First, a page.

Lucca is the most graceful of Tuscany’s provincial capitals; set inside a ring of Renaissance walls fronted by gardens and huge bastions, it’s quiet without being dull. The city absorbs its visitors with ease, with a peaceful, self-contained historic centre where it’s delightful to wander at random. This is one of the few places in Tuscany where many locals ride bikes, and as a result, much of the old centre is refreshingly traffic-free.

The city is reputed to have once had seventy churches, and even today you can hardly walk for five minutes without coming upon a small piazza and a fine, marble-fronted church facade. Endowed with excellent museums, including one commemorating composer Giacomo Puccini’s birthplace, the city evokes elegance and a cultured way of life.

    How to get to Lucca from Florence

  • By train: There is a frequent direct railway service between Florence and Lucca.
  • By car: The distance between Florence and Lucca is about 70-80 kilometres and the road time usually takes between 1.5 and 2 hours, depending on traffic and the chosen route.

Not sure when to travel to Tuscany? Check our article about the weather in Tuscany in September or read all about the best time to visit Italy.

8. Cortona

View of Cortona in Tuscany, Italy

View of Cortona in Tuscany, Italy © Shutterstock

The road to the hill town of Cortona winds up through terraces of vines and olives, with Lago Trasimeno visible over the low hills to the south. Via Nazionale is the only horizontal road in the centro storico, and the steep streets are more or less untouched by modern buildings.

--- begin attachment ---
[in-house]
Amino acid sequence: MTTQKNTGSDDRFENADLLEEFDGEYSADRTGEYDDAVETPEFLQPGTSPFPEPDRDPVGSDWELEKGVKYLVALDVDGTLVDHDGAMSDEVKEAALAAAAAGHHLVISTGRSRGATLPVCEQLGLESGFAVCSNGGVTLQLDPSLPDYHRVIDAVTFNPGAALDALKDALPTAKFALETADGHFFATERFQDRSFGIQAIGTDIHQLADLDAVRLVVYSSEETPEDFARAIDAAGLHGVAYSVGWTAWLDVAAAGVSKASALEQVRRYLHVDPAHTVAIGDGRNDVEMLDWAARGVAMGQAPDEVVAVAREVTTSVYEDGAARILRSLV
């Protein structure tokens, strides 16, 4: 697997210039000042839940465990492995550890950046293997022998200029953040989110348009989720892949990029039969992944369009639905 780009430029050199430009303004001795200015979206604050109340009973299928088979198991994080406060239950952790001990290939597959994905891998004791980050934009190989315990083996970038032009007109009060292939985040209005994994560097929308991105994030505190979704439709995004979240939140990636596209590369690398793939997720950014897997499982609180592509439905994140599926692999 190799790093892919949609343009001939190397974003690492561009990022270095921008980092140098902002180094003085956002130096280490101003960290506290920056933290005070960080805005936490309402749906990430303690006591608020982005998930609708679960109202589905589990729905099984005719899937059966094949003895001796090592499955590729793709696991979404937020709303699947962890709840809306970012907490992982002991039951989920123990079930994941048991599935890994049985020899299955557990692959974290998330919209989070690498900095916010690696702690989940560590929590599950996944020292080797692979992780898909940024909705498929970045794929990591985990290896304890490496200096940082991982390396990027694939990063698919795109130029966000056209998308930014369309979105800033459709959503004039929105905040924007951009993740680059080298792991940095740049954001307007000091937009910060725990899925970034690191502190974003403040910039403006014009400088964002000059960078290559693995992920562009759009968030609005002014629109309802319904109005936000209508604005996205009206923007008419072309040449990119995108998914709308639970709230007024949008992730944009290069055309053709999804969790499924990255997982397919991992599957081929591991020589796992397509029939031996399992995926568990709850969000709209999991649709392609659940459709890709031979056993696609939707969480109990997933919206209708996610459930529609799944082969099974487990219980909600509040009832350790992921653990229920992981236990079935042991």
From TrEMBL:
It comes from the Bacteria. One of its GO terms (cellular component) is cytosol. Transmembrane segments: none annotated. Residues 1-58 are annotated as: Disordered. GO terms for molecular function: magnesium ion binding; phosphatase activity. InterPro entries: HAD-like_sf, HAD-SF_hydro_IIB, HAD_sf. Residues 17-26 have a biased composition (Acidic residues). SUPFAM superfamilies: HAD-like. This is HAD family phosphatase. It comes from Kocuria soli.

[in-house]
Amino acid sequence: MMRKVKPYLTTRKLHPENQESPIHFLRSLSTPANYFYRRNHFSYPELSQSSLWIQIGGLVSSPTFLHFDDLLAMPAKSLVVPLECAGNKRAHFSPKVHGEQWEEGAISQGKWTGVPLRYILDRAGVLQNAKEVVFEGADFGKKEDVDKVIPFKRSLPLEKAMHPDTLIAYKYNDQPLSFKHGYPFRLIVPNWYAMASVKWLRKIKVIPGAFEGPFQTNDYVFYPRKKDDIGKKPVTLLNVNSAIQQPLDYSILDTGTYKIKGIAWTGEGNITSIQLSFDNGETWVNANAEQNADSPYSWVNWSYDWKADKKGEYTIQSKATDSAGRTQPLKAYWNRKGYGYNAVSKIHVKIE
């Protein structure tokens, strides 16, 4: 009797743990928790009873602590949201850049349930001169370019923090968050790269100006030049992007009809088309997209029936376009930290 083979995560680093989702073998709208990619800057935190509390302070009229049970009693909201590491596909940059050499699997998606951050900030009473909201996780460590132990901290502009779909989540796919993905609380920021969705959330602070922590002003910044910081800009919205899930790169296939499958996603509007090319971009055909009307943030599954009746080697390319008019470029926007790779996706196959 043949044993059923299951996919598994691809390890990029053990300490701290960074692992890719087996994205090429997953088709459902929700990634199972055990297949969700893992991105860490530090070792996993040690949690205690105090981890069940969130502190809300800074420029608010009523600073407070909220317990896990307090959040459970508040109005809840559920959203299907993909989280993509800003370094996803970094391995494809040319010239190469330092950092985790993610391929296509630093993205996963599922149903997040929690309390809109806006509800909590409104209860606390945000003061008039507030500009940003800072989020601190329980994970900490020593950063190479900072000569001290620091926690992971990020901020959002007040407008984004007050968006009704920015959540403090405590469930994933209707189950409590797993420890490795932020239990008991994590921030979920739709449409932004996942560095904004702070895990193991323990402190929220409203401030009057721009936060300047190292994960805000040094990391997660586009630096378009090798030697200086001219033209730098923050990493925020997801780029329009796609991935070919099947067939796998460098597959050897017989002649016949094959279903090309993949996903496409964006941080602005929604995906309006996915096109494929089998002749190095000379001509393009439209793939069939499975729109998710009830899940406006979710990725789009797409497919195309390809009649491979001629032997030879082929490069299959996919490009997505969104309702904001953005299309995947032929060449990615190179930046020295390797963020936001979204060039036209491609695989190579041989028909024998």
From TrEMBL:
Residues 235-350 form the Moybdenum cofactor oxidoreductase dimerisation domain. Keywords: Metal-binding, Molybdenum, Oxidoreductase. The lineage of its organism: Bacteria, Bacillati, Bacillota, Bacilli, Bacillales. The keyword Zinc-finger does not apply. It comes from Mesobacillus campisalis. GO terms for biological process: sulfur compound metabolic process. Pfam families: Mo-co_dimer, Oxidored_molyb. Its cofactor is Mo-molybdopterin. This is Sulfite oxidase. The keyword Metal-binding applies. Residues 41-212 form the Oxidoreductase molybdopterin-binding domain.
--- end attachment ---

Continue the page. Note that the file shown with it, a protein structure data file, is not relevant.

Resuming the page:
Until the mid-1990s Cortona didn’t get much tourist traffic, then Frances Mayes published Under the Tuscan Sun and the town instantly began to attract crowds of readers, eager to see the place where Mayes had realized the expat dream.

    How to get to Cortona from Florence

  • By train: Trains from Florence and Arezzo call at Camucia-Cortona station, from where a shuttle bus (approximately hourly; 10min) runs up to the old town, arriving at either Piazza Garibaldi or Piazza del Mercato; buy tickets at the station bar.
  • By car: The centre is closed to all but essential traffic, though there are several free car parks on the periphery.

9. Fiesole

Fiesole on a sunny spring day, Florence, Tuscany, Italy © Shutterstock

Fiesole on a sunny spring day, Florence, Tuscany, Italy © Shutterstock

The hill town of Fiesole, which spreads over a cluster of hills above the Mugnone and Arno Valleys some 8km northeast of Florence, is conventionally described as a pleasant retreat from the crowds and heat of summertime Florence. Unfortunately, its tranquillity has been so well advertised that in high season it’s now hardly less busy than Florence itself.